Seattle, WA—In 10 years of annual mammograms, more than half of women without cancer will be called back at least once for more testing. And about one in 12 will be referred for a biopsy, according to a study of national Breast Cancer Surveillance Consortium data in the Annals of Internal Medicine. Here’s the journal’s summary for patients.
“We conducted this study to help women know what to expect when they get regular screening mammograms over the course of many years,” said study leader Rebecca Hubbard, PhD, an assistant investigator at Group Health Research Institute. “We hope that if women know what to expect with screening, they’ll feel less anxiety if—or when—they are called back for more testing. In the vast majority of cases, this does not mean they have cancer.” When a woman without breast cancer is called back after screening mammography for extra testing, she has a “false positive.”
“We wanted to understand better how likely false-positive test results are when women receive annual screening mammograms compared to every other year—and starting at age 50 compared to age 40,” Dr. Hubbard said. She and her team examined data from more than 169,000 women aged 40-59 at seven regions around the United States.
Screening every other year, instead of yearly, lowered women’s probability of having a false positive over the course of 10 years by about a third—from 61 percent to 42 percent, Dr. Hubbard said. Having prior mammograms available for comparison cut the odds of false positives in half. So if women aren’t returning to the same mammography facility, they should arrange in advance to have their previous mammograms sent to the new facility.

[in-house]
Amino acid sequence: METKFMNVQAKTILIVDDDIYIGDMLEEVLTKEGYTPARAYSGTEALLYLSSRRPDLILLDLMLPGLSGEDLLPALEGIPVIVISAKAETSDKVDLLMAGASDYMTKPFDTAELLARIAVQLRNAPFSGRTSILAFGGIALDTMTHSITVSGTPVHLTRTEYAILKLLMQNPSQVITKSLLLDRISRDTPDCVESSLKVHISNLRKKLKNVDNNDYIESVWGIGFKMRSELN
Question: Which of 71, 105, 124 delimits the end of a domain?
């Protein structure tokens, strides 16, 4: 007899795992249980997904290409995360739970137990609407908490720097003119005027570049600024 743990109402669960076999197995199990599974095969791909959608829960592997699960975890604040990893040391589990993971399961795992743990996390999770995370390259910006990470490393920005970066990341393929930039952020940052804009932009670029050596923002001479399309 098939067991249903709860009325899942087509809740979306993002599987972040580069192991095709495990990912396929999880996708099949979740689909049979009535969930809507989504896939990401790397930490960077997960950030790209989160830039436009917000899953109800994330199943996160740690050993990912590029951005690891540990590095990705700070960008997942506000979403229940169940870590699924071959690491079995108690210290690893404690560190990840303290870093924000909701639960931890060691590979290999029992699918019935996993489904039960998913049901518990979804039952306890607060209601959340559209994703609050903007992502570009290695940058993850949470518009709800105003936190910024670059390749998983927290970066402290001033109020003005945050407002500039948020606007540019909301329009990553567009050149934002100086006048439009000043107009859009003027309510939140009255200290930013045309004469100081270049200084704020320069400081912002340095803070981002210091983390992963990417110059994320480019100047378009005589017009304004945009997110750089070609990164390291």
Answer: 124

“We found that women in their 40s and 50s had similar risks of having a false positive during 10 years of screening,” she added. “But over the course of a lifetime, starting screening at age 40 would make a woman more likely to have false positives than if she had started at age 50, because of that extra decade of screening.”
Among women who were diagnosed with cancer, those screened with a two-year interval were not significantly more likely to be diagnosed with late-stage cancer compared to those screened with a one-year interval. “Women should talk with their doctors to make informed decisions about how often is best for them to get screening—and when to start,” Dr. Hubbard said.
Mammography is the only screening test proven in clinical trials to reduce women’s risk of dying of breast cancer. Having a false positive can be a stressful experience, and it might be a barrier to women getting regular screening mammograms.
An accompanying Breast Cancer Surveillance Consortium study in the same issue of Annals, led by Karla Kerlikowske, MD, of the University of California, San Francisco, is the first to assess the accuracy of digital compared to film mammography in U.S. community practice. Over the past few years, newer digital mammography has been replacing older film mammography.
The researchers, including Dr. Hubbard, found that both types of mammograms—digital and film—performed similarly for women age 50 to 79 for detecting cancer. But for women in their 40s who have not gone through menopause and who have dense breasts, digital mammography may be better than film mammography at detecting cancer. But in women age 40-49, the risk of false positives was somewhat higher with digital than with film mammography.
An accompanying editorial, from the International Prevention Research Institute in Lyon, France, puts the two studies in context.
The National Cancer Institute, which supports the Breast Cancer Surveillance Consortium, funded both studies. The collection of cancer data was also supported in part by several state public health departments and cancer registries throughout the United States.